Wandering the hardstanding and polytunnels is an aromatic, sensory feast at this time of year but it doesn’t happen by chance alone. Jekka and the team are always constantly watering, weeding and feeding, propagating, potting and pruning. This is no time to rest on your laurus nobilis in the herb garden. For example, these Santolina, Cotton Lavenders ‘Primrose Gem‘ and ‘Small-Ness‘ look stunning right now…

Cotton Lavenders, 'Primrose Gem'...and 'Small-Ness'

..but once they’ve finished flowering, it’s essential to cut them back to maintain the attractive, bushy shape and good health of the plant. These elegant, aromatic evergreens,  a popular choice for Elizabethan knot gardens,  love a sunny spot and, preferably, a sandy soil.  If your soil is clay, then you’ll need to break it up with a good dose of horticultural grit and organic mulch – or plant in a pot.

The same goes for Lavandula, Lavender. Keep Lavender (and this goes for both the hardier varieties like Lavender Folgate

Lavender Folgate, happy as can be

and the less hardy species such as Lavender Willow Vale) at its happiest, by planting in well drained soil in a sunny spot, and once it’s finished flowering, trim back (but NEVER into the old wood – this would be tantamount to murder). You may get a second flowering later on (and dry those flower trimmings for lavender sachets, sorbets, sugar flavouring, herb pillows and soothing scented baths).

Then there’s TLC for the summer salad herbs like ‘Sir Basil‘ as Jekka refers to this somewhat self important herb who must be watered in the morning but not in the evening please, as he hates going to bed with wet roots (understandable) – he also loves the summer sun, but protection from the midday sun (fussy).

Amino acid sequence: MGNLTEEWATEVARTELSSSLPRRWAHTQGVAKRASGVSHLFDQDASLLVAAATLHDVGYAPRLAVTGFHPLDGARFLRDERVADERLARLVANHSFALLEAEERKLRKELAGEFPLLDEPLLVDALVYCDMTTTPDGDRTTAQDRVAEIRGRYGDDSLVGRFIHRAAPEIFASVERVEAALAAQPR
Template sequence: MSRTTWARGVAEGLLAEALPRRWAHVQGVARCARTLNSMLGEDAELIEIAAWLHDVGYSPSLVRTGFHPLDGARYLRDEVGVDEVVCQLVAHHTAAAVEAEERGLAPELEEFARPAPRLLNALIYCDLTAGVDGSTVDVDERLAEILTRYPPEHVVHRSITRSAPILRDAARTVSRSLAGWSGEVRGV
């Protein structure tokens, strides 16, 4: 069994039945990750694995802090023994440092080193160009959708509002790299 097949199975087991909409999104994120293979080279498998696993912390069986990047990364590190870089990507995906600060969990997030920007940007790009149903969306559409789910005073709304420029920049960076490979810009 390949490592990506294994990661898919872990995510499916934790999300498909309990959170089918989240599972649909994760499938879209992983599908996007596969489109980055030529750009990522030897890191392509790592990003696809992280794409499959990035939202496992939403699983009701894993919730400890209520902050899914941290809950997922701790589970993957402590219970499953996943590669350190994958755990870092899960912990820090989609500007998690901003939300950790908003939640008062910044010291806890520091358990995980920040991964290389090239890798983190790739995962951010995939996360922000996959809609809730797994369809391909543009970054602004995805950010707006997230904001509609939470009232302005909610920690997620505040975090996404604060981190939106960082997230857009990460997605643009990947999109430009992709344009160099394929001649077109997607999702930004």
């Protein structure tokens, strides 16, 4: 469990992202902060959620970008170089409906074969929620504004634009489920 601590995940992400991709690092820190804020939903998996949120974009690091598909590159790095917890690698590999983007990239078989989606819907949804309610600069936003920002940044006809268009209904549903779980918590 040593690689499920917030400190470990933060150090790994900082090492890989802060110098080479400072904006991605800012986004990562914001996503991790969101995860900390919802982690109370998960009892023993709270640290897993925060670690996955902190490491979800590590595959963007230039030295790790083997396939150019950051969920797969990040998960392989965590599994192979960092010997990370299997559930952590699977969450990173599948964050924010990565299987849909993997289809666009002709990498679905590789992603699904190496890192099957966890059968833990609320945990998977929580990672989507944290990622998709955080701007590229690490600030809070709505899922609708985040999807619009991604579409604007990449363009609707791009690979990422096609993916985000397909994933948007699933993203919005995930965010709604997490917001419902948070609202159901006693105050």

Coriander also prefers an early tipple, and is happiest in a semi shady spot – if it’s left in full sunshine, the chances are it will bolt, flower and go to seed before you’ve even had the chance to make your Mexican Enchiladas (see Jekka’s Herb Cookbook), ditto Dill, ditto Salmon, Dill and Potato Soup.

Once these edible annual herbs finish flowering (and there are many – Amaranth, Golden Mustard , Salad Rocket, Mexican Tree Spinach – you’ll have to do a search on our website for the rest because life’s too short), if you let them, they’ll very often set seed and pop up again next spring when you least expect it – Red Orach, for example, is a prolific self seeder.

Red Orach - prolific self seeder

It does look  striking in the garden, and the young leaves can be used in salads (wilt the more mature ones like spinach), but if you don’t want a gardenful next year then either collect the flowerheads quickly or don’t plant it in the first place!

Anyway, must get back to cutting back. Come along to our next Open Days, 17th-19th June, when, if you’d like some more advice, we’ll happily chat all-things-herbs with you all day long!

Bee happy

Summertime, and the bees are buzzing, the butterflies are flitting, the hoverflies are, well, hovering and the herbs are looking, tasting and smelling wonderful! A drop of sunshine on the leaves brings the oils to the surface, and the aroma is literally sensational – makes your mouth water. Then there’s the flowers, full with nectar, enticing a host of most welcome lodgers to the farm.

Bee on a Borage flower

We’re big on bees, beneficial insects and biodiversity (which simply means the diversity of all the living things around us). Bees and butterflies are necessary for pollination, and by providing them with a natural habitat in which to thrive, we are not just doing our bit to keep the planet happy, but we are actually helping to increase our yields. Increasing biodiversity in the garden is common sense really.

Hence our Soil Association organic status, and peat-free  growing. We grow a lot of Butterfly & Bee herbs, and now that the herb farm’s in flower, it’s just buzzing!

Thyme for a Bumble (Woolly Thyme)

Bee-autiful lavender (Ashdown Forest)

Bees particularly love blue and violet colours, so borage, catmintcornflower, echium, flax,  lavender and polemonium bee-come  magnets. For more butterfly, bee and beneficial insect herbs,  Search on our website, and under the dropdown list, ‘Uses’, choose ‘Biodiversity’…and get your garden buzzing!